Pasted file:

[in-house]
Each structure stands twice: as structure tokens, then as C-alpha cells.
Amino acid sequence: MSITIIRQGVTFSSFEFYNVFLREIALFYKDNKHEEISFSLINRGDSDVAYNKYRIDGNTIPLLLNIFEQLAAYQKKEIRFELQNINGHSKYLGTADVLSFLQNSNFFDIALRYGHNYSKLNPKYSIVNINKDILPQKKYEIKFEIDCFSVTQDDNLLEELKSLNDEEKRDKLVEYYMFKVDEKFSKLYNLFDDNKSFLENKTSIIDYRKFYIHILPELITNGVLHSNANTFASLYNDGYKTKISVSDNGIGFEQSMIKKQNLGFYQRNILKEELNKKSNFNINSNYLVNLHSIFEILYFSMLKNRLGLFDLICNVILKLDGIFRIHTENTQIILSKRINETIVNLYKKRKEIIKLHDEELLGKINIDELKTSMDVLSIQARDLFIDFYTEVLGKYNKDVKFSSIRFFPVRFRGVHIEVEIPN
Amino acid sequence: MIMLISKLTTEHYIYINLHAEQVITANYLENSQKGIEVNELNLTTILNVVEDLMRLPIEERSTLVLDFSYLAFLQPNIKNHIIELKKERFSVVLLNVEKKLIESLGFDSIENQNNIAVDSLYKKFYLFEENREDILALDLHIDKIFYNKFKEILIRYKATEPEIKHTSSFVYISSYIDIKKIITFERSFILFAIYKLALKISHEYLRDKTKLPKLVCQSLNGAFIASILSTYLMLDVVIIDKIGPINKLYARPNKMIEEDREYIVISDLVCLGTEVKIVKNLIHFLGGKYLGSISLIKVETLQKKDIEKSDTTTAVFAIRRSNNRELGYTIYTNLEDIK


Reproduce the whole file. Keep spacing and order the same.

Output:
[in-house]
Each structure stands twice: as structure tokens, then as C-alpha cells.
Amino acid sequence: MSITIIRQGVTFSSFEFYNVFLREIALFYKDNKHEEISFSLINRGDSDVAYNKYRIDGNTIPLLLNIFEQLAAYQKKEIRFELQNINGHSKYLGTADVLSFLQNSNFFDIALRYGHNYSKLNPKYSIVNINKDILPQKKYEIKFEIDCFSVTQDDNLLEELKSLNDEEKRDKLVEYYMFKVDEKFSKLYNLFDDNKSFLENKTSIIDYRKFYIHILPELITNGVLHSNANTFASLYNDGYKTKISVSDNGIGFEQSMIKKQNLGFYQRNILKEELNKKSNFNINSNYLVNLHSIFEILYFSMLKNRLGLFDLICNVILKLDGIFRIHTENTQIILSKRINETIVNLYKKRKEIIKLHDEELLGKINIDELKTSMDVLSIQARDLFIDFYTEVLGKYNKDVKFSSIRFFPVRFRGVHIEVEIPN
Amino acid sequence: MIMLISKLTTEHYIYINLHAEQVITANYLENSQKGIEVNELNLTTILNVVEDLMRLPIEERSTLVLDFSYLAFLQPNIKNHIIELKKERFSVVLLNVEKKLIESLGFDSIENQNNIAVDSLYKKFYLFEENREDILALDLHIDKIFYNKFKEILIRYKATEPEIKHTSSFVYISSYIDIKKIITFERSFILFAIYKLALKISHEYLRDKTKLPKLVCQSLNGAFIASILSTYLMLDVVIIDKIGPINKLYARPNKMIEEDREYIVISDLVCLGTEVKIVKNLIHFLGGKYLGSISLIKVETLQKKDIEKSDTTTAVFAIRRSNNRELGYTIYTNLEDIK